View Full Version : Strange fogging
I used my old MPP Micropress last week (English press camera, similar to a top rangefinder Speed Graphic) and shot some pictures using the focal plane shutter and a barrel Ross Xpres 6inch f3.5 lens.
Every neg (eight of them) has this strange fogging. I've looked at the bellows in a darkroom using the technique of putting a flashlight inside, but can't see any light leaks.
The fogging always occurs on the side of the negative opposite where the film holder is inserted. I know the film holders aren't to blame as I've used them in my other MPP MicroTechnical without a problem.
I was wondering whether it was caused by the shutter curtain or the camera body itself?
It does not look like the fog is coming from the direction of the lens and looks to be coming in almost parallel to the film holder (due to the bit of the neg not fogged at the edge.) It does not appear to be a bellow leak either.
I would recheck with the flash light again -- try to use something like a small maglite that one can remove the front lens and just has a bare bulb...this will provide light radiating in all directions. Just a regular flashlight will not allow much light to shine 90 degrees from where it is pointed...which is what you need. Pay close attention to where the film holder and the film back meet, and where the film back and the back of the camera meet. Make sure you give you eyes a long time to adjust to the darkness.
How are the springs? If they are much weaker than your Micro Technical, you might be pulling the film holder slightly towards you as you pull out the darkslide...but this is a long shot.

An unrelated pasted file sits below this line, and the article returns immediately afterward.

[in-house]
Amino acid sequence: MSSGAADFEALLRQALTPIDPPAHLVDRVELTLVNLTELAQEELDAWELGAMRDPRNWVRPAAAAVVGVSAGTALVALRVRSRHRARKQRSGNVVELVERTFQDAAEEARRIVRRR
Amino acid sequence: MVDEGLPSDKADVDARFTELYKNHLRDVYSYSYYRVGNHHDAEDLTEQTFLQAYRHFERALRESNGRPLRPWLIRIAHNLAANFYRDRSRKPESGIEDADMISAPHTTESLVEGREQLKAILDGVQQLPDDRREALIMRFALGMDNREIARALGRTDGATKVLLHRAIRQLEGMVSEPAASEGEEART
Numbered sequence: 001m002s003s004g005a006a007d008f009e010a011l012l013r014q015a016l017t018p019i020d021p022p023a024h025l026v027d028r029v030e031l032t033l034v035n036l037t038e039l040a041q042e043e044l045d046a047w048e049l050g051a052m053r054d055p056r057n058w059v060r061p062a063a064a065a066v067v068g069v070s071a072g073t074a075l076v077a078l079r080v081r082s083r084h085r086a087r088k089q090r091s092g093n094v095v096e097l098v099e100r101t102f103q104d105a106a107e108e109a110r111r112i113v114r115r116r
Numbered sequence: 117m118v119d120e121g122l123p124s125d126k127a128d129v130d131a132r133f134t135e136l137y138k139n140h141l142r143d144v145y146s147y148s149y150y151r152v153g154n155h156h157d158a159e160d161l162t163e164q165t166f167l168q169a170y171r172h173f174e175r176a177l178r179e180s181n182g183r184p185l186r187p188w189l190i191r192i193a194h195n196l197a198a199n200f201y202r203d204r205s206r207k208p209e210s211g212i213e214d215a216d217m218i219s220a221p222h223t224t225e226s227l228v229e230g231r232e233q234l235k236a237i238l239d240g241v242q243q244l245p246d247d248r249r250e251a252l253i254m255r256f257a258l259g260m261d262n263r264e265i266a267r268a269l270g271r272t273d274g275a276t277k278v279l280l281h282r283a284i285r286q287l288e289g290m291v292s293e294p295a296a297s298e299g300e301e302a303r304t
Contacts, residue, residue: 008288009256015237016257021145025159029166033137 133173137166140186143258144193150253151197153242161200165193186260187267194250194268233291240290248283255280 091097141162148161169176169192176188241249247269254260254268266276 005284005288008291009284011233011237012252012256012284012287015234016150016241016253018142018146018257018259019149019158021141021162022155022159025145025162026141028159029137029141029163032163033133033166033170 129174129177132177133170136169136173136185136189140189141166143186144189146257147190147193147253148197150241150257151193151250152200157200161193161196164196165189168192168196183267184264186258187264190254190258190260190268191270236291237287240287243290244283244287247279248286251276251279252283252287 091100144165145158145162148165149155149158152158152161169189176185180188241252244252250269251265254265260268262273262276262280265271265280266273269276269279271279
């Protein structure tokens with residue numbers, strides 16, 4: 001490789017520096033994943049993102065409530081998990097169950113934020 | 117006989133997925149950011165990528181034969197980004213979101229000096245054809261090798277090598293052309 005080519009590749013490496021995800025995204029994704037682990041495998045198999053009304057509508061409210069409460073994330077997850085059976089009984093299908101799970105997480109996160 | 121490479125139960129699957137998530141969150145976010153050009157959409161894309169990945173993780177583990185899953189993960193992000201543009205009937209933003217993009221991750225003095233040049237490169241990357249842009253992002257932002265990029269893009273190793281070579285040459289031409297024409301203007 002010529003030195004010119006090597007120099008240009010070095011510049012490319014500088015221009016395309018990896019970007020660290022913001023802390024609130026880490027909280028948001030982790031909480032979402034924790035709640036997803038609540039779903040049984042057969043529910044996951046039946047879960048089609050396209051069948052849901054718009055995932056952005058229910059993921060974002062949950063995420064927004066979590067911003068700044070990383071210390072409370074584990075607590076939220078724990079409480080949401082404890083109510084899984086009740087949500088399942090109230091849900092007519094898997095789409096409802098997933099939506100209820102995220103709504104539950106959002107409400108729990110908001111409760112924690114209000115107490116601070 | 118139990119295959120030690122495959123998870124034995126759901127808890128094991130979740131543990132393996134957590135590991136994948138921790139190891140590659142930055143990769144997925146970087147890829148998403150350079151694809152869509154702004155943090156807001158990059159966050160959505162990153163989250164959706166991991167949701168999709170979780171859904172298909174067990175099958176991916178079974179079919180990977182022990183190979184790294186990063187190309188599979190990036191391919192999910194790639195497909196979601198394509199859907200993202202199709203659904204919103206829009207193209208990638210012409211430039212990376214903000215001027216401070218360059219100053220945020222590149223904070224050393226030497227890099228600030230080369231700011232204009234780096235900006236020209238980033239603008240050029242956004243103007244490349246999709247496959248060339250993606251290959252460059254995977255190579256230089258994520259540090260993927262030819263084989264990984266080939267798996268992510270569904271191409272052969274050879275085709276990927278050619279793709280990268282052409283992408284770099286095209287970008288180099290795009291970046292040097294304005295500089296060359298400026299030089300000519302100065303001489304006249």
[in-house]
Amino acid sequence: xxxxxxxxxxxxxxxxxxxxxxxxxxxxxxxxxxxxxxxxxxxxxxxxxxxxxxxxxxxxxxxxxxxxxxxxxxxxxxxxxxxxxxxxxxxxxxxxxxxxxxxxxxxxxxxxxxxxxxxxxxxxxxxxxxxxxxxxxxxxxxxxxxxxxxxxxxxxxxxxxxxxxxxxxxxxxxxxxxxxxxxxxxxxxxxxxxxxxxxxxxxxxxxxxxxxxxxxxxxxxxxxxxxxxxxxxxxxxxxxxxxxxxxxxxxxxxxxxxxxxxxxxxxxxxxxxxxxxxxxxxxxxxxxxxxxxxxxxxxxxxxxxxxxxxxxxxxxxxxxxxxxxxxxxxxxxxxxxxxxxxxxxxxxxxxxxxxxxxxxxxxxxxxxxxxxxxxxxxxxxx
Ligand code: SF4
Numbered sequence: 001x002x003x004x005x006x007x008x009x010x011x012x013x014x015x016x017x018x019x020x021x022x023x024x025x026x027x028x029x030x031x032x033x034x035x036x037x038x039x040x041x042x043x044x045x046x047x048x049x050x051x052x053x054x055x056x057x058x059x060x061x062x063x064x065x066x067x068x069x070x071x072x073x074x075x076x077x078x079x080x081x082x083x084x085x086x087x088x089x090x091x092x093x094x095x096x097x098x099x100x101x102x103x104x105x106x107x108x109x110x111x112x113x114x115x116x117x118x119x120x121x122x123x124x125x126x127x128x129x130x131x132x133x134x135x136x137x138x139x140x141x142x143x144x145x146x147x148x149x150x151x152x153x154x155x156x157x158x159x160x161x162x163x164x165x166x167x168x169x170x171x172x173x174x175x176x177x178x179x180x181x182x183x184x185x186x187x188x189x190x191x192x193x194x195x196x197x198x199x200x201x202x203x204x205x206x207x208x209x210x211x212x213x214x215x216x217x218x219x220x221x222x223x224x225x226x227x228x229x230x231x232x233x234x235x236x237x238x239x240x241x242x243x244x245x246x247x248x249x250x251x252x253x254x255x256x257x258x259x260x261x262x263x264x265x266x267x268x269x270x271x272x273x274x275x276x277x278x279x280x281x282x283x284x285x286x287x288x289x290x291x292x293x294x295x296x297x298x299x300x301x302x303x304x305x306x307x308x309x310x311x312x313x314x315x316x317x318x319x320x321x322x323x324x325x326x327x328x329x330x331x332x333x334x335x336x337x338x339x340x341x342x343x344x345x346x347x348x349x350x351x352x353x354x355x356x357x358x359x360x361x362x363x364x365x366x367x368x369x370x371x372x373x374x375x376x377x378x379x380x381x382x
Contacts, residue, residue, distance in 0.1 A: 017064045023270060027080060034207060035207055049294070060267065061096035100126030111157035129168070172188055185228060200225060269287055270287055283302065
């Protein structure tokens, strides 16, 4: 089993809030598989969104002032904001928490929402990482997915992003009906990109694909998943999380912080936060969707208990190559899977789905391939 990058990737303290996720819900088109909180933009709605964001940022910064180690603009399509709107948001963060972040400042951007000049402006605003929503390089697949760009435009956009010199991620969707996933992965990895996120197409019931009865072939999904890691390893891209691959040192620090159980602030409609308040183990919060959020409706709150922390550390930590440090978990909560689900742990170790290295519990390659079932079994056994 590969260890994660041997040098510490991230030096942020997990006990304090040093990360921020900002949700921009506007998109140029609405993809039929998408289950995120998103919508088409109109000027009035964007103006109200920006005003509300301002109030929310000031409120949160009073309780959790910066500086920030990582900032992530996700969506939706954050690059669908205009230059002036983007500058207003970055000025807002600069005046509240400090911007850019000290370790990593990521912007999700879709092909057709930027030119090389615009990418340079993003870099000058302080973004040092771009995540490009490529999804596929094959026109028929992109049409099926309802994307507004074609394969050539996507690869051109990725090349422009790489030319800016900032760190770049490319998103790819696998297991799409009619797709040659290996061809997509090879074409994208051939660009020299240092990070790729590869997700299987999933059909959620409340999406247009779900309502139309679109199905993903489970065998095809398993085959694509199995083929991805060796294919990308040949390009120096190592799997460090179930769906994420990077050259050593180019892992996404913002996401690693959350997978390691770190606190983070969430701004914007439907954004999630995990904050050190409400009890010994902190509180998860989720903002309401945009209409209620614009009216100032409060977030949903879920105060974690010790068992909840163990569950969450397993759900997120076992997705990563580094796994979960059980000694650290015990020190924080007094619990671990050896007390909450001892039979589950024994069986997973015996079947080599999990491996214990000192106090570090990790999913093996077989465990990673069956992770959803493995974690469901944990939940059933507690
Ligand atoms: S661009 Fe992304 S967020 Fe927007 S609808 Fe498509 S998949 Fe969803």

Best of luck in your investigation!
PS...if the leak is always from the end that one inserts the holder, you must have had the back turned "upside down" to load the holder from the bottom in the image of the building. Since there is less light shining on the bottom of the camera than the top, it makes sense that there is a greater amount of fogging going on with the image of the girl, since that film holder was loaded from the top.
Using a darkcloth and keeping it over the camera, even when pulling and reinserting the darkslide, might give a temporary cure to the problem.
PS#2 I would hazard a guess that the leak is more likely to be where the film back and the back of the camera meet. If it was from where the holder and the film back meet, one would have a longer shadow cast (the thin strip of unfogged film at the edge would be wider).
Thanks Vaughn - that's given me something to think about. I don't think the springs are particularly weak, but I'll check that as well.
I hitch hiked for three months in New Zealand with a 4x5 camera that had a bad light leak between the back of the camera and the film back. No fun at all to come home to develop my film and find just about all my negatives (except the few I had the darkcloth over the camera) were hopelessly light struck.
Sorry to hear that - it must have been heartbreaking.
I've removed the back, cleaned it and I'm going to reassemble it. I'll try taping around the sides where it looks like the light leak might be and take a few test shots
Insert a film holder and, with the lensboard removed so you can look inside, go all around the outside of the rear of the camera with a strong light. If it's leaking where the holder meets the back, you should be able to spot it. Maybe a little unevenness on the camera back? It should show any leaks from where the back is attached to the body, too. Those are dificult to find on a camera with a focal plane shutter. Good luck.
Do what Glenn suggests, but do it in a darkened room with focussing cloth over your head. Wait awhile until your eyes become more sensitive to low levels of light. If there is even the slightest leak, you will see it. I doubt it's got something to do with the focal plane shutter. Sounds more like a weak spring on the back.
Have you tried taking a photo with a dark cloth over the camera right from when you remove the slide, and keeping it there until you put the slide back in?
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